Phrasal Verbs with “Jump” in English

Phrasal Verbs with Jump in English

What are the phrasal verbs with “Jump”?

Phrasal verbs, combinations of words that together take on a new meaning, are an integral aspect of the English language that often bewilder learners because of their variety. The verb ‘jump’ is no exception, combining with various prepositions and adverbs, it forms phrasal verbs with unexpected meanings. In this study, we’ll go over a selection of phrasal verbs based on jump, providing examples and context to help strengthen your understanding and enrich your speaking skills.

TOP 15 phrasal verbs with “Jump”

Consider a list of the 15 most popular phrasal verbs that contain the word “jump”, as well as their meanings and example sentences:

  1. Jump in – to start doing something hastily or enter a situation quickly. Enter a conversation

    • Example: Without any hesitation, she decided to jump in and help organize the event.
  2. Jump on – to take quick advantage of an opportunity.

    • Example: The businessman jumped on the chance to invest in the new startup.
  3. Jump at – to accept an offer or opportunity eagerly.

    • Example: He jumped at the idea of moving to London for his new job.
  4. Jump out – for something to be immediately noticeable or prominent.

    • Example: The bright blue cover jumped out at me from the shelf.
  5. Jump over – to overcome a hurdle or obstacle.

    • Example: The company had to jump over significant regulatory hurdles to get approval.
  6. Jump to – to arrive at a conclusion or decision hastily.

    • Example: Don’t jump to conclusions before hearing the whole story.
  7. Jump ahead – to move forward in time or sequence.

    • Example: Let’s not jump ahead to the final chapter before discussing the earlier ones.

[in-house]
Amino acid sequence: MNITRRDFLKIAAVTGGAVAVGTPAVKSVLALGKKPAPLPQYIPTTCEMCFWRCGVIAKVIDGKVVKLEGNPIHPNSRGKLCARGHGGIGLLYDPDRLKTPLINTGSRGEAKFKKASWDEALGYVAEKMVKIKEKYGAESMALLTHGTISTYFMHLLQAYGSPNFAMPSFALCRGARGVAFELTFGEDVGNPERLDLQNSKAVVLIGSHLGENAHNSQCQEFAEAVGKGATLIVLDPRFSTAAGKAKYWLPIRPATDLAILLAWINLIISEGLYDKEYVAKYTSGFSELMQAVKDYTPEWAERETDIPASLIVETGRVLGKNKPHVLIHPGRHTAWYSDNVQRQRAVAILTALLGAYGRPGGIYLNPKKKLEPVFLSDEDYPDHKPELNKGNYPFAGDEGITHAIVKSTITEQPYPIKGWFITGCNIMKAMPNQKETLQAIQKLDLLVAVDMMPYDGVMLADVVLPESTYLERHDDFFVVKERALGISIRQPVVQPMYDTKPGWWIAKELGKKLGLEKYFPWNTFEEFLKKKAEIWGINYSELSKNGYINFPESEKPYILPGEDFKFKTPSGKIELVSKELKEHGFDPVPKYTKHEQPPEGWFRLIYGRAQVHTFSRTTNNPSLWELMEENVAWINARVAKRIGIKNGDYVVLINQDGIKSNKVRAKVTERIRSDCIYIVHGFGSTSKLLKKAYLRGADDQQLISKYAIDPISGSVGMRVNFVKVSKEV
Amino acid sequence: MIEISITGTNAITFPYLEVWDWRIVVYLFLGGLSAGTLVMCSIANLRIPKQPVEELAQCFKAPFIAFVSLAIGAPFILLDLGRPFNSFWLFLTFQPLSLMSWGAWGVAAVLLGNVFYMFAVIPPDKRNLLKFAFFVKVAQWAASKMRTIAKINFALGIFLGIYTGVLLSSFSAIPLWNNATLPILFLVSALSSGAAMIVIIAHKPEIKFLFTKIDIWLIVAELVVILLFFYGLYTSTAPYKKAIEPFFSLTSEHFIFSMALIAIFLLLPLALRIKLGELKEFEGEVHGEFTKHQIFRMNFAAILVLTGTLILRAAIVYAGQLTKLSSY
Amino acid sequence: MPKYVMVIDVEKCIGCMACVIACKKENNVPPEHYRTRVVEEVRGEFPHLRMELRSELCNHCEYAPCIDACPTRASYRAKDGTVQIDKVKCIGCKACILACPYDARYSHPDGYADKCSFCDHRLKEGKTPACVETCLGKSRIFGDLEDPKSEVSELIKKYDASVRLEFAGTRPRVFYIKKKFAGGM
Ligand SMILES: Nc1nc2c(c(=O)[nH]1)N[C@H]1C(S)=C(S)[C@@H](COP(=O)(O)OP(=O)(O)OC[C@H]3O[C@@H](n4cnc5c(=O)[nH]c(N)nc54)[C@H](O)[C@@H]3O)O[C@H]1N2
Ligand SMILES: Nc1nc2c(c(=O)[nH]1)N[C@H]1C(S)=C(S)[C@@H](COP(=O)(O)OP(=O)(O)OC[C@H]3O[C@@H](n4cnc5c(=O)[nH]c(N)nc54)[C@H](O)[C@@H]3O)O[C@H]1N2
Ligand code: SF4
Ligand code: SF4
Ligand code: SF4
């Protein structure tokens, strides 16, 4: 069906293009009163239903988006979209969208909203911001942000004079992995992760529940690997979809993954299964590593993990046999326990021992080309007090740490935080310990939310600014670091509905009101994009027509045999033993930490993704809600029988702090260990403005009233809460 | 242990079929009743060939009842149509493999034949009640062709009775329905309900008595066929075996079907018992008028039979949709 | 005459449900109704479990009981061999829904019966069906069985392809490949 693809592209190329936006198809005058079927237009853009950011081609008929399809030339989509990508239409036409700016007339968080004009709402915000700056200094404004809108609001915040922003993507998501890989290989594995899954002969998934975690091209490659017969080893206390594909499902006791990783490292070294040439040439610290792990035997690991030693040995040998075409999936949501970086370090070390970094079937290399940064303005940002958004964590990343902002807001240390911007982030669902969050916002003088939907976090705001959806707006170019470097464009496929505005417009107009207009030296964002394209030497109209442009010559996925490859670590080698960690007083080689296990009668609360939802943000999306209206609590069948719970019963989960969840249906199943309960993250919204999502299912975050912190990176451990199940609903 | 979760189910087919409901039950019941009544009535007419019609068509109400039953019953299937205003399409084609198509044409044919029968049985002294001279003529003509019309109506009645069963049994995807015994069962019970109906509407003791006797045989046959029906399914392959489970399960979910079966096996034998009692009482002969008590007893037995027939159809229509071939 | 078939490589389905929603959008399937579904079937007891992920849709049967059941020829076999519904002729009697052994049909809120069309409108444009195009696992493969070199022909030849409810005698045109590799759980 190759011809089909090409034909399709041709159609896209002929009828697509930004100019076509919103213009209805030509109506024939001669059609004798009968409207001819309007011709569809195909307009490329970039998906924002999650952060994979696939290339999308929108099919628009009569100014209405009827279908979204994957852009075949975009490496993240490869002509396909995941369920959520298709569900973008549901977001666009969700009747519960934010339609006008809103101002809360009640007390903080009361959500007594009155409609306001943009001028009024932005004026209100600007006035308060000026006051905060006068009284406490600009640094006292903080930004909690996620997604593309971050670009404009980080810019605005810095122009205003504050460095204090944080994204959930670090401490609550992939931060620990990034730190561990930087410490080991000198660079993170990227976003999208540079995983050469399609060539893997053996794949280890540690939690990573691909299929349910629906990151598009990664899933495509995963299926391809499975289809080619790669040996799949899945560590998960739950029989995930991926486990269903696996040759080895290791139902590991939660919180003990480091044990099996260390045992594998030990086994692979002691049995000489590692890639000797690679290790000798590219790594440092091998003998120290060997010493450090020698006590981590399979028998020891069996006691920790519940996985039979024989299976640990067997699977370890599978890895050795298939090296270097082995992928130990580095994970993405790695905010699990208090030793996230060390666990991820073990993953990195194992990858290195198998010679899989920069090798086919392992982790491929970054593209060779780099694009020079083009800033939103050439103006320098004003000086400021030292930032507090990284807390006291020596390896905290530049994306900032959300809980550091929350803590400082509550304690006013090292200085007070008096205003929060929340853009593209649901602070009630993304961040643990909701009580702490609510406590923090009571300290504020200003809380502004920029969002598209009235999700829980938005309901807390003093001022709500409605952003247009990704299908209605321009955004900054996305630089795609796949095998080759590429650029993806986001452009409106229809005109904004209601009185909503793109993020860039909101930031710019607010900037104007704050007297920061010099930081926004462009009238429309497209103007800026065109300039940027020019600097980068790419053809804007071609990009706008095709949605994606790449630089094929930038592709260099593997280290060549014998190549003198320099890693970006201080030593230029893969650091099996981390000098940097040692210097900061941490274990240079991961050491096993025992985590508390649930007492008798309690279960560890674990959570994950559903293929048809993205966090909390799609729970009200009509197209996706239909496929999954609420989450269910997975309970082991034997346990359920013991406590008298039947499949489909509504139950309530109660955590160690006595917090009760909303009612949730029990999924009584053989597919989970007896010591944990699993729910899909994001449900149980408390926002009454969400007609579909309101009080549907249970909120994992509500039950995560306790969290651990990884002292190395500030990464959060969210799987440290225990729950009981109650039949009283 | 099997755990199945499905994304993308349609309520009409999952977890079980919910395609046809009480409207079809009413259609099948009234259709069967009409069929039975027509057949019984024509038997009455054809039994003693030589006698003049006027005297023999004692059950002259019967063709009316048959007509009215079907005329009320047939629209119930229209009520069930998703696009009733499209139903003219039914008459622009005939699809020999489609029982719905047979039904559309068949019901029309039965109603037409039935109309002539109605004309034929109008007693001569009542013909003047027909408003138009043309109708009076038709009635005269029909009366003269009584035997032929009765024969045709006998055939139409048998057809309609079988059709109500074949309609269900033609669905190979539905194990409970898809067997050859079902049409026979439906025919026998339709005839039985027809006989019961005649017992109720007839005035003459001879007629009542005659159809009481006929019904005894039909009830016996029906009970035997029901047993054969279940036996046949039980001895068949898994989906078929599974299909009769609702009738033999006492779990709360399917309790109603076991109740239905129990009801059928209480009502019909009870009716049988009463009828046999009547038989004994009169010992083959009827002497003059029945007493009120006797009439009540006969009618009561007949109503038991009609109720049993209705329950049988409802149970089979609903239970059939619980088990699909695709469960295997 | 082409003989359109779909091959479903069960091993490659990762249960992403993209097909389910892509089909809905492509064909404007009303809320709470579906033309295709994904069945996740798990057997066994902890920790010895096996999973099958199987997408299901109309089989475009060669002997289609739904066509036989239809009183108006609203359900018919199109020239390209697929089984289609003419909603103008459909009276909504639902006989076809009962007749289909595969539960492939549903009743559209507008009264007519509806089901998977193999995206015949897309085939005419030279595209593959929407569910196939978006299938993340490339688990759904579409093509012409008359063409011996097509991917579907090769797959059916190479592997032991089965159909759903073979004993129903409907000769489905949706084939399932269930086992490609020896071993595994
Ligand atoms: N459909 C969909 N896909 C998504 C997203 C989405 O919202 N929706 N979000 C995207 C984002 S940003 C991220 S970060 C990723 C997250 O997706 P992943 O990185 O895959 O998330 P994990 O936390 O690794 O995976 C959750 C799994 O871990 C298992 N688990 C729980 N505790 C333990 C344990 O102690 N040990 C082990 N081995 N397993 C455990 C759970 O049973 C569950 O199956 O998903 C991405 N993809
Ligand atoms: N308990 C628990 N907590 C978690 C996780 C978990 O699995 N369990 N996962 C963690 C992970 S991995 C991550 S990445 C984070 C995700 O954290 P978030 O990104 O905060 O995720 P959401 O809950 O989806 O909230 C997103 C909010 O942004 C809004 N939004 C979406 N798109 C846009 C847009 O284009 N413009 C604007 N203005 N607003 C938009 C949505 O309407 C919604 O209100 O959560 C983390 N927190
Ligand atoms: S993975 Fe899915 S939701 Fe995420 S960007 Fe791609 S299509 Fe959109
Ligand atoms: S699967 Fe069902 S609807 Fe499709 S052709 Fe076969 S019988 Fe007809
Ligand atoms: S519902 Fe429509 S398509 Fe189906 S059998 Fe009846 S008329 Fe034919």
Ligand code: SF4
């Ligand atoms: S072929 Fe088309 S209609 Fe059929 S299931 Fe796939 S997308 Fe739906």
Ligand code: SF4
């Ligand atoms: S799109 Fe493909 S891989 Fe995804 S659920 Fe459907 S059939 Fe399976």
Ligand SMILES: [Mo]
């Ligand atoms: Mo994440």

8. Jump back – to return to an earlier point or topic, or recoil from surprise or fear.

    • Example: The narrative jumps back to the protagonist’s childhood memories.
  9. Jump up – to increase suddenly or rise abruptly.

    • Example: The sales figures jumped up after the successful marketing campaign.
  10. Jump off – to start or launch energetically. Start quickly, often well.

    • Example: The project jumped off with great enthusiasm from the whole team.
  11. Jump around – to move from one thing to another in an erratic or disorderly way.

    • Example: The lecturer was hard to follow as he kept jumping around from topic to topic.
  12. Jump through hoops – to go through a lot of effort or many complicated or annoying steps to achieve something.

    • Example: We had to jump through hoops to get the necessary permits for the construction.
  13. Jump on the bandwagon – to join others in doing something that is becoming popular.

    • Example: As soon as the product became famous, many companies jumped on the bandwagon and released similar items.
  14. Jump start – to start something, usually quickly or suddenly; in a literal sense, to use cables to start a vehicle battery.

    • Example: The team’s morale got a jump start after the inspirational speech by the coach.
  15. Jump ship – to leave a job or activity suddenly, often to go to another one that is more advantageous.

    • Example: After the company hit financial troubles, many employees were ready to jump ship.

Remember that these phrasal verbs can be both literal and figurative, and their meanings can shift slightly depending on the context. Familiarizing yourself with these examples and practicing them can help you use these phrasal verbs fluently and appropriately.

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